Sunday, October 4, 2015

Monster Team-up Reflection #26: Lake Placid vs Anaconda


Like "Hellraiser" and "Howling", the "Anaconda" and "Lake Placid" franchises have crept onto the direct-to-home-viewing path. There's no shame in that. It just categorizes them as modern B-movie equivalents and as such, distinguishes them further from the pretentious dribble that Oscar-geared Hollywood markets. 

Directed by A.B. Stone and scripted by Berkeley Anderson, "Lake Placid vs Anaconda" is really a sequel to the third and fourth chapters of the former, having no direct connection to the crazed crocodile original. In the same vein, the new film's primary giant snake is a distant relative to the specimen introduced in the original, unofficial "Creature from the Black Lagoon" remake. (I know, some claim that the initial "Anaconda" is derivative of "Jaws", but structurally it's the Jack Arnold classic.)

Returning from "Lake Placid 3" and "...the Final Chapter" is Yancy Butler as Sheriff  Reba and from the later, Robert Englund as Jim Bickerman, who's happily sold his soul for monetary gain, leading a bad-guy brigade into the crocs' realm. (His presence amounts to an extended cameo at best, but his fan base will surely appreciate the rekindling of his crabby characterization.)

The immediate bad guys are led by the high-strung Mr. Beach (Stephen Billington), who oversees a scientific group intent on concocting a croc-snake hybrid, with a female anaconda being injected with croc DNA to create a Fountain of Youth formula (based on research founded in "Anacondas: Hunt for the Blood Orchid": the second in that slithering series). 

The anacondas (two males, plus the primary female) and an oversized croc are contained in a high-tech trailer before they escape, thus dumping more mayhem on the already carnage-prone area. Oddly, despite the constant croc threat, the escalating trouble isn't identified until the attacks are well underway: Reba doesn't appear too concerned about the matter, even when confronted by her edgy mayor (Nigel Barber) and relies on bumbling Deputy Ferguson (Oliver Walker) to scope the surroundings. 

In the meantime, Beach meets up with the mean Ms. Murdoch (Annabel Wright), a pharmaceutical head who decides to dispatch another monster-hunting team to capture the injected anaconda. This proves a daunting task, but the team is at least spared a quick demise, thanks to a group of sorority girls who act as more accessible bait.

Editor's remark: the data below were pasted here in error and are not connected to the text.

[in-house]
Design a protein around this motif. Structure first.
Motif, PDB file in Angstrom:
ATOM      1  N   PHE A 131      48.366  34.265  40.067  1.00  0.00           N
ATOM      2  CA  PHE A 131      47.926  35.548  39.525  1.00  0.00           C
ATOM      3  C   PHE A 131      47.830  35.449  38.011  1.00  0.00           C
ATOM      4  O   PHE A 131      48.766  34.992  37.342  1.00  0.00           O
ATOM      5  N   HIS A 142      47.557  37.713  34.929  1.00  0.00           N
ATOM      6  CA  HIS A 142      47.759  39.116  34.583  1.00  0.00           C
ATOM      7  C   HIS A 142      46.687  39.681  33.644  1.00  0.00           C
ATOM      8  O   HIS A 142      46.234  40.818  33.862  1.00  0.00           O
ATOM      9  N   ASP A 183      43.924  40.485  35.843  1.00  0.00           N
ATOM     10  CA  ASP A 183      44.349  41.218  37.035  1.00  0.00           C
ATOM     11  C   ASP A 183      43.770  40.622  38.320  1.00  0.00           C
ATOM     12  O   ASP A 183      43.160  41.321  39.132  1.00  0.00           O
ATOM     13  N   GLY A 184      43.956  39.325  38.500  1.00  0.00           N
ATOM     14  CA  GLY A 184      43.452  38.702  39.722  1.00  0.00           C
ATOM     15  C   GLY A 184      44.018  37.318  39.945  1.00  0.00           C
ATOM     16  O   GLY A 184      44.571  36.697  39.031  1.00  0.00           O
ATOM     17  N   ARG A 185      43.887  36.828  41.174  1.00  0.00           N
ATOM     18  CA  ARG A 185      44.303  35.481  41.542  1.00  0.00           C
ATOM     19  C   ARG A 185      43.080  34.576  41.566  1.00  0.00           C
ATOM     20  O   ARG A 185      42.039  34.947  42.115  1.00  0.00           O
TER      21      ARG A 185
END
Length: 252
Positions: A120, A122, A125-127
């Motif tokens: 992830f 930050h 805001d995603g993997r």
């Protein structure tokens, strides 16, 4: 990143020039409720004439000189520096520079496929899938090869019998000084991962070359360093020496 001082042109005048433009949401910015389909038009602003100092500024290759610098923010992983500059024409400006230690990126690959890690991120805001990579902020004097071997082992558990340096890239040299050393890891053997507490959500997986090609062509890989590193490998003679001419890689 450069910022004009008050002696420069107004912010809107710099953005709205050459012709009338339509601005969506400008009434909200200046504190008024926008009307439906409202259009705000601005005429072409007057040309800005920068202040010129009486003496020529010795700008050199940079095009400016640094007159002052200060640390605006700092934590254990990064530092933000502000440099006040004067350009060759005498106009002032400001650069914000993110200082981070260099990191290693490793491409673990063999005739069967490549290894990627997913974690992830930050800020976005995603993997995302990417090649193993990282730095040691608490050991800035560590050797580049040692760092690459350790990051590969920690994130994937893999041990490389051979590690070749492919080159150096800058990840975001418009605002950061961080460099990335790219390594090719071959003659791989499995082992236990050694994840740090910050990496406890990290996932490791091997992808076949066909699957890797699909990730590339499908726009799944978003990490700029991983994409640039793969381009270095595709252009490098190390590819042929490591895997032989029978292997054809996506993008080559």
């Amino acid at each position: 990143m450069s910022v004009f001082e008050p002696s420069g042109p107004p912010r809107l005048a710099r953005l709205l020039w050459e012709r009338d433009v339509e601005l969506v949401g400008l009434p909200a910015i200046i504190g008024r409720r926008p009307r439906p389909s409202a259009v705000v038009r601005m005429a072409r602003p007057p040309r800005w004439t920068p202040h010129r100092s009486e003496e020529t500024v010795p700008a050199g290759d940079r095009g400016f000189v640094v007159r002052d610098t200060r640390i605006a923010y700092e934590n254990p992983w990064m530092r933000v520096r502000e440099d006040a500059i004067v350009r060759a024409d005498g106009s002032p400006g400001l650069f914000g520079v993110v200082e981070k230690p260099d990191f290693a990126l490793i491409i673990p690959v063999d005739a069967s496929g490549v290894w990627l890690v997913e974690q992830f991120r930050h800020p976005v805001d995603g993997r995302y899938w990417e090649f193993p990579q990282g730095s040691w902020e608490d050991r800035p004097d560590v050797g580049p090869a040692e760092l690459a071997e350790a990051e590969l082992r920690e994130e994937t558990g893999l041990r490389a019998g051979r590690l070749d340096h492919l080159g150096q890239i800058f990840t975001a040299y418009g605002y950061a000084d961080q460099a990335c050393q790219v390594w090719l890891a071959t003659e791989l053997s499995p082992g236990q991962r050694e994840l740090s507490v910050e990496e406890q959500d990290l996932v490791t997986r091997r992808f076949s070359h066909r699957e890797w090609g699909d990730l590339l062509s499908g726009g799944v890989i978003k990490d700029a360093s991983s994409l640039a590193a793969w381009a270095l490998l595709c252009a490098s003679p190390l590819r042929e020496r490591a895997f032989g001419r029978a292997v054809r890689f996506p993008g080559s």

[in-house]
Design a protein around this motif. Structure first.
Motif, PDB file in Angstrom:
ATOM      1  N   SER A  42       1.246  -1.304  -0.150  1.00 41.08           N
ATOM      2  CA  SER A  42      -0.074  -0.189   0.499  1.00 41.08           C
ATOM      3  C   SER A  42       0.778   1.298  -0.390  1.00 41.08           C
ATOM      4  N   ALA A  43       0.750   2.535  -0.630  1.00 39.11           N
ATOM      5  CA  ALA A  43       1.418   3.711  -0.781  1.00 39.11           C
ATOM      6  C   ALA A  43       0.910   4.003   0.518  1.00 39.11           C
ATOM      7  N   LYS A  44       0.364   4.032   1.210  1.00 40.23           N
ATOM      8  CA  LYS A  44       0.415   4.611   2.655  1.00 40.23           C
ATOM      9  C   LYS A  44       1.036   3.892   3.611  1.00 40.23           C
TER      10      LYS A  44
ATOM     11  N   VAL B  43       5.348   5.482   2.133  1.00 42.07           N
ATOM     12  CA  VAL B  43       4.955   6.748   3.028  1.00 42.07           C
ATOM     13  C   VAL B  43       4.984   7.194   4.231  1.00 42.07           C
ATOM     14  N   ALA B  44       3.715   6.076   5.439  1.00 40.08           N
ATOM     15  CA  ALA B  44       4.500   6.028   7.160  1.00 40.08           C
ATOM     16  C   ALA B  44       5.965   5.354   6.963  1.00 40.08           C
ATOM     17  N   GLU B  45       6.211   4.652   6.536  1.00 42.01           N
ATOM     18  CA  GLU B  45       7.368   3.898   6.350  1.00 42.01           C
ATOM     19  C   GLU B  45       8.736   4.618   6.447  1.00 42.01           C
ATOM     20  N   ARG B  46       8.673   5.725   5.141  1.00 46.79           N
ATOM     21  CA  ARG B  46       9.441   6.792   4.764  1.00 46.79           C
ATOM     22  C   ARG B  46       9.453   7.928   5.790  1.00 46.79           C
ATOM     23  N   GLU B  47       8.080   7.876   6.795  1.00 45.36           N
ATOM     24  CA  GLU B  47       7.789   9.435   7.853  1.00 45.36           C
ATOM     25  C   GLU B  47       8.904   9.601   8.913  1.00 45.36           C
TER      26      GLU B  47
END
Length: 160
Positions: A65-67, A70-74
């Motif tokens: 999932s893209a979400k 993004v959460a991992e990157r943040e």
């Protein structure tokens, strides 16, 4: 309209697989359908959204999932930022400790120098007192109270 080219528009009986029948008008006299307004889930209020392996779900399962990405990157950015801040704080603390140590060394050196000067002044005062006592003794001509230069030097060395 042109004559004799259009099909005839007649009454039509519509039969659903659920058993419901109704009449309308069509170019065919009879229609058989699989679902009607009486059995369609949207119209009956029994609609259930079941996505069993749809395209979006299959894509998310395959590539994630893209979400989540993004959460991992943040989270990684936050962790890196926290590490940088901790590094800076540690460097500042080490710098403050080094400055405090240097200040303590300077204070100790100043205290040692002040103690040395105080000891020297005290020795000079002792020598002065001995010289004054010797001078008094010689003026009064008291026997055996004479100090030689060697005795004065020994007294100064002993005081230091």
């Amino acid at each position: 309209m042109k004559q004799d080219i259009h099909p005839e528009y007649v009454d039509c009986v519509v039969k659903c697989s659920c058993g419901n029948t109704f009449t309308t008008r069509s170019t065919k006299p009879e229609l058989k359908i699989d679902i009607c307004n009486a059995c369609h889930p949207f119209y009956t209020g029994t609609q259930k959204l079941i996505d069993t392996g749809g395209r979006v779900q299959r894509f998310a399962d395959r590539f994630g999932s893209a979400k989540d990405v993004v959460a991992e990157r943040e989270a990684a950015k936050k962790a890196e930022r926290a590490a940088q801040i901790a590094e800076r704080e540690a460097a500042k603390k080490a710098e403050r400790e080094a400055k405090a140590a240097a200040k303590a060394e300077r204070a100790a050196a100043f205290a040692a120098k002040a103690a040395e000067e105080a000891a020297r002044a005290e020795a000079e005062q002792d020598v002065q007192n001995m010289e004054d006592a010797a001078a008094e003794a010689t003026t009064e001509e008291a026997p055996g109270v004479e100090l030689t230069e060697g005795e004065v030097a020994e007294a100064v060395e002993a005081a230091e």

The main good girl is Bethany (Skye Lourie), whose father, William "Tully" Tull (Corin "Stargate SG-1" Nemec) is a conscientious, wildlife ranger. When he learns of the bloodshed, he wastes no time to confront it (particularly to protect his little girl) and to ensure the job gets done, teams with Reba. 

The sorority villainess is Tiffani (Laura Dale), who behaves gestapo-like with the girls, forcing them into nonsensical tests with her assigned boyfriends. Perhaps even more than the militant Murdoch, Tiffani weaves an insidious (albeit sometimes silly) web throughout the harsh sojourn, making her ripe for a tasty comeuppance. 

In the end, it's the baddies against the monsters against the good guys. Who wins? Who loses? Well, you'll have to watch to find out, dear friends.

I will say this, "Lake Placid/Anaconda" is short and bitterly sweet, but its brevity may be perceived as a hindrance. Though we see the monsters frequently, there's little back story to them, let alone any real meat to their confrontations. The final melee is effective in a goofy sort of way, but also mirrors prior fights and seems too truncated for its own good. An all-out brawl, with trees knocked over and humans crushed and crunched, is what was needed to pump up the exploitative thrills, but instead, we only get teases of what could have been. (The initial croc rampage aboard the trailer, along with the anacondas' flight, is probably the film's best sequence, leaving an anticlimactic feel to much that follows.)

Thankfully, the human interaction never weighs down the pace, with the sorority girls playing up their unclothed charms to compensate for their trite banter. Butler is also her usual, intense self, bridging the sorority hi jinks and gruesome deaths with much needed seriousness. 

"Lake Placid/Anaconda" isn't the best monster team-up ever made (not by a damn long shot), but like an endearing old, drive-in flick or a direct-to-video Full Moon production, it still hits the spot. Take it for what it is; you may find there are far worse ways to kill ninety minutes of your time. 

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